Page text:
Childless couples, as well as single men and women, have the opportunity to pass on a godly legacy through involvement with the children within their extended family circles, in their churches, and in their respective communities.

Conclusion

Doctrine and practice, whether in the home or the church, are not to be determined according to modern cultural, sociological, and ecclesiastical trends or according to personal emotional whims; rather, Scripture is to be the final authority in all matters of faith and conduct (2 Tim. 3:16-17; Heb. 4:12; 2 Pet. 1:20-21). God chose to reveal Himself to His people through family language: He used the metaphor of the home to describe the heavenly dwelling where believers will join Him for eternity. He selected the analogy of family relationships (husband/wife and parent/child) to illustrate how believers are to relate to Him: God is the Father; Jesus is the Son; the Church is the Bride of Christ; believers are His children. The most basic and consistent spiritual teaching, character development, and discipleship training should occur within the family circle (Deut. 6:4-9). A Christ-centered family has the potential to give a "word about God" to a world indifferent to spiritual truths. Those within the family circle have a unique opportunity to study the Bible and to learn theology through object lessons built into the very structure of the family.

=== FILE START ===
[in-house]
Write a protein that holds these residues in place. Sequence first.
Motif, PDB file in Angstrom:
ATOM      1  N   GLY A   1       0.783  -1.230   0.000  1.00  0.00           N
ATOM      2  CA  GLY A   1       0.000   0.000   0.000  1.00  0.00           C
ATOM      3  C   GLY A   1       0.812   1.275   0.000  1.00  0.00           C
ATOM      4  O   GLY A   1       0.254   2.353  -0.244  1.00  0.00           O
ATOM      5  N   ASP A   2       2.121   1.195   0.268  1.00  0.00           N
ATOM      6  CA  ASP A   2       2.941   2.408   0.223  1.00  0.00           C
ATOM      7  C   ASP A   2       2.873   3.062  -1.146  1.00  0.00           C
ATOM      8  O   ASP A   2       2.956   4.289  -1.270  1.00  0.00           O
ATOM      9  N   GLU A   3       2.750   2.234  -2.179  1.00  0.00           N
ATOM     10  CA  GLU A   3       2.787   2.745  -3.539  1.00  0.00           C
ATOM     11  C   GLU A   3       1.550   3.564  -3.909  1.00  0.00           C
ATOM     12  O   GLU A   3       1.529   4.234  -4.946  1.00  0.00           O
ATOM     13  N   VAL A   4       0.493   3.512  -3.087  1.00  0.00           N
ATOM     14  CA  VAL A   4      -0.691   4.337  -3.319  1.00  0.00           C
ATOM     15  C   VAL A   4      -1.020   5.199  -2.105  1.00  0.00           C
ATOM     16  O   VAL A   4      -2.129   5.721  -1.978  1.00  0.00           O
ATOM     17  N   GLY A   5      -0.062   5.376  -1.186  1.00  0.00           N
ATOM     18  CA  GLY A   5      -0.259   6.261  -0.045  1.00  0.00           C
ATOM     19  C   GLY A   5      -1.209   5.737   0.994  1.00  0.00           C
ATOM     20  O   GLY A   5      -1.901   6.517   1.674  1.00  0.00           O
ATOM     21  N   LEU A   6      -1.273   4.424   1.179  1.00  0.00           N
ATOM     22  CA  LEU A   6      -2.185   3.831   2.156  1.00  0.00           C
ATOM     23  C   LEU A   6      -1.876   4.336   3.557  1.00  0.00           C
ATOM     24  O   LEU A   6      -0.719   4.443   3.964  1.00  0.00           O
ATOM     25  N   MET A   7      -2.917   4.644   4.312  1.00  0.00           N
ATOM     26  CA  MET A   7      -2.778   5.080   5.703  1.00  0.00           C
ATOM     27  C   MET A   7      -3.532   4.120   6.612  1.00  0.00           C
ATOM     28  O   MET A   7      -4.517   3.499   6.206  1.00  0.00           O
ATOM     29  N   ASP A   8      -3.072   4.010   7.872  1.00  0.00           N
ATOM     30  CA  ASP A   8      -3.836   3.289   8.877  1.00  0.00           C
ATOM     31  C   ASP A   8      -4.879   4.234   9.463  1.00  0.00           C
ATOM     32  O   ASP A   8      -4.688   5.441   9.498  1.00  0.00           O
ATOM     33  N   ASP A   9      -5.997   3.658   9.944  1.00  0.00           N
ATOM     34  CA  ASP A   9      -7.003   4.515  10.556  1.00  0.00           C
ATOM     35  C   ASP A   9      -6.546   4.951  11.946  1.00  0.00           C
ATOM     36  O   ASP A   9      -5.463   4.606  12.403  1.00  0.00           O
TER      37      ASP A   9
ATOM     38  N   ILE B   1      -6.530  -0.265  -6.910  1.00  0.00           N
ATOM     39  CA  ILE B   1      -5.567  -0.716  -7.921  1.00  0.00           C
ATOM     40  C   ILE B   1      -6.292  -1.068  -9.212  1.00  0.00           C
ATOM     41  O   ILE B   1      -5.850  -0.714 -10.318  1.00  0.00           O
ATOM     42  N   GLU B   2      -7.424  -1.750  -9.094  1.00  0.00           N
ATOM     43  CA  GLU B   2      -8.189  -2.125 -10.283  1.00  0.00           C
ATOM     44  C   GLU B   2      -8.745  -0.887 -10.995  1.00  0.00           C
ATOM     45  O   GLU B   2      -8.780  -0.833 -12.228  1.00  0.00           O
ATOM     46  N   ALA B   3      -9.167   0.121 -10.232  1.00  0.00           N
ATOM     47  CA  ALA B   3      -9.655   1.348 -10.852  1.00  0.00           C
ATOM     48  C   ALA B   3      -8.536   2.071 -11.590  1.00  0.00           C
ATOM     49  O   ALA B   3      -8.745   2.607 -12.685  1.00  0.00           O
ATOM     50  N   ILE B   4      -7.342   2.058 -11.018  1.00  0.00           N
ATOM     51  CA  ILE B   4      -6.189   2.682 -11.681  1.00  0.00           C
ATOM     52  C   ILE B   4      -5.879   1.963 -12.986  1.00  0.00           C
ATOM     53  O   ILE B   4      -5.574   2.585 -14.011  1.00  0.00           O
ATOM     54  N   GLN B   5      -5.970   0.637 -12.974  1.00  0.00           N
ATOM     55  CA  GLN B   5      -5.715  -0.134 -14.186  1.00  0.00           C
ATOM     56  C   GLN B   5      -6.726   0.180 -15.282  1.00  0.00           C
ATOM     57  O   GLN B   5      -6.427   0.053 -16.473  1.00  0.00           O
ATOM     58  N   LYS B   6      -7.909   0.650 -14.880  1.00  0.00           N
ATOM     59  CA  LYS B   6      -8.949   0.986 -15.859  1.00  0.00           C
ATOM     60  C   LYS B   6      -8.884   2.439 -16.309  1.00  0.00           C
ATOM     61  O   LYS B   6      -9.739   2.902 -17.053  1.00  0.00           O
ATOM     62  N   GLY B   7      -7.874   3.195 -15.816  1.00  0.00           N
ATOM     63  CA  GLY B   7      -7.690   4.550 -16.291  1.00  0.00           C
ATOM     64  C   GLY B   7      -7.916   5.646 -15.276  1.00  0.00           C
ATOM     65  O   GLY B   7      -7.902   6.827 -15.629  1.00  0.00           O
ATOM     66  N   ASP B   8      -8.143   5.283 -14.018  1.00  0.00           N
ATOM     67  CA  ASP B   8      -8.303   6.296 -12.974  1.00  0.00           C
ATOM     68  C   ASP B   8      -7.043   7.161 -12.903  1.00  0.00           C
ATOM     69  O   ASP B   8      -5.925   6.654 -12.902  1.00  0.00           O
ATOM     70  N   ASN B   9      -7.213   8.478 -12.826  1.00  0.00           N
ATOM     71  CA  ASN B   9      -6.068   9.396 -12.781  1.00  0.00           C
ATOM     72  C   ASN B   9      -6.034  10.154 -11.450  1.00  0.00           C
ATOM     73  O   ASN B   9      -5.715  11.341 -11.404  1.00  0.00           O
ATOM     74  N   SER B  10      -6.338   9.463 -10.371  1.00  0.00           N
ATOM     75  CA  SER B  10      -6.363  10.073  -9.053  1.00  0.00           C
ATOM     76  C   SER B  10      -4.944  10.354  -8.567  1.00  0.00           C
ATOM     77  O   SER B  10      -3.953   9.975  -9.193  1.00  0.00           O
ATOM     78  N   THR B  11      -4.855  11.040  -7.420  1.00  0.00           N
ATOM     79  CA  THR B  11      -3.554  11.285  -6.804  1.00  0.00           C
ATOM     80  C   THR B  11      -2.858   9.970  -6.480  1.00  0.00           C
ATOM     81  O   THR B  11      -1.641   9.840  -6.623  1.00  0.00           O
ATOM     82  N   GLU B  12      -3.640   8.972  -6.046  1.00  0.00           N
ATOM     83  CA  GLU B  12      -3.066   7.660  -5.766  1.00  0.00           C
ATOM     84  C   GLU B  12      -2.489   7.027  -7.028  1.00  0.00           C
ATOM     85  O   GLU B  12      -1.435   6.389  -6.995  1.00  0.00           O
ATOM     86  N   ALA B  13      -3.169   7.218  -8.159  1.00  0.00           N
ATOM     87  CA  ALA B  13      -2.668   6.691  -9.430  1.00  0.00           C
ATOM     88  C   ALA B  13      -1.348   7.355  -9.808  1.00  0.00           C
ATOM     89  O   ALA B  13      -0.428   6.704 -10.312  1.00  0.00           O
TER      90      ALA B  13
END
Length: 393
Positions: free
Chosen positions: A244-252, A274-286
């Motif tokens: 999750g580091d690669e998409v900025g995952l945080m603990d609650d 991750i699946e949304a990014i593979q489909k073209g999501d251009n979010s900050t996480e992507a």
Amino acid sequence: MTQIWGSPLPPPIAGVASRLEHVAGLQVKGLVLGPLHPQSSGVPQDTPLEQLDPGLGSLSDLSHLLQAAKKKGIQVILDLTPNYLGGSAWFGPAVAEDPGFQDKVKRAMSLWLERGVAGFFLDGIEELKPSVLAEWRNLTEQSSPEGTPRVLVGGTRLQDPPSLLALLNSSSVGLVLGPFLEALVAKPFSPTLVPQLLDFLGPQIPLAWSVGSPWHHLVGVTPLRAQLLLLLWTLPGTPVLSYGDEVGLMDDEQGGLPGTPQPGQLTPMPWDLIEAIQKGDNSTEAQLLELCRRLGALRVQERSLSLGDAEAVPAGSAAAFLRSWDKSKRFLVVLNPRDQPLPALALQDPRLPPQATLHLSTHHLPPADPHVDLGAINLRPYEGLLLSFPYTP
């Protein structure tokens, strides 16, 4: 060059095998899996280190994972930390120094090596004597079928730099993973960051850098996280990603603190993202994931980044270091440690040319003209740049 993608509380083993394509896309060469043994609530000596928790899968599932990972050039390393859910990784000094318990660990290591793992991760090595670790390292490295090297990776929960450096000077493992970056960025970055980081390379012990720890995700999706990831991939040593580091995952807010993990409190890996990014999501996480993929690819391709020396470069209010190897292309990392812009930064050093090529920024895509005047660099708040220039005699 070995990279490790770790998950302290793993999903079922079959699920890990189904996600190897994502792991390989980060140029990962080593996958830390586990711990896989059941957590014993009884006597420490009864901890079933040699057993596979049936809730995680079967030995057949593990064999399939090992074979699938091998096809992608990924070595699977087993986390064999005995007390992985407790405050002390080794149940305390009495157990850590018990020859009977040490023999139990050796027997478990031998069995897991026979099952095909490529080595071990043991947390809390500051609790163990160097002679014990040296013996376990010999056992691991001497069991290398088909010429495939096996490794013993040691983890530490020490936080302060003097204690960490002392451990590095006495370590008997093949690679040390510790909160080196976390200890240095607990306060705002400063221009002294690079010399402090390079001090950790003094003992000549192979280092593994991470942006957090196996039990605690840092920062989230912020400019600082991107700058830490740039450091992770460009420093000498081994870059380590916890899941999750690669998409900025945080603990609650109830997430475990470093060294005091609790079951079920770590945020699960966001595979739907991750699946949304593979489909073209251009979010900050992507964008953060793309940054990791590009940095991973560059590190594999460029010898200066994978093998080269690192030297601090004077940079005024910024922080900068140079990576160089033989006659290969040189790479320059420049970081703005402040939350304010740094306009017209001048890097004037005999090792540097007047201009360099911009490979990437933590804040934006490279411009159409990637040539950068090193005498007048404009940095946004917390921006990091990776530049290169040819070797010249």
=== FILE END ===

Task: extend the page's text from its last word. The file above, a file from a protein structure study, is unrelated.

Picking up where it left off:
Godly families help build the church just as churches ought to help build godly families. Scripture makes frequent connections between the life of the family and the life of the church (1 Tim. 3:5; 5:1-2). Leadership patterns in the family are consistently reflected in the church as well (1 Tim. 2:9-14; 3:1-7; Titus 1:5-9).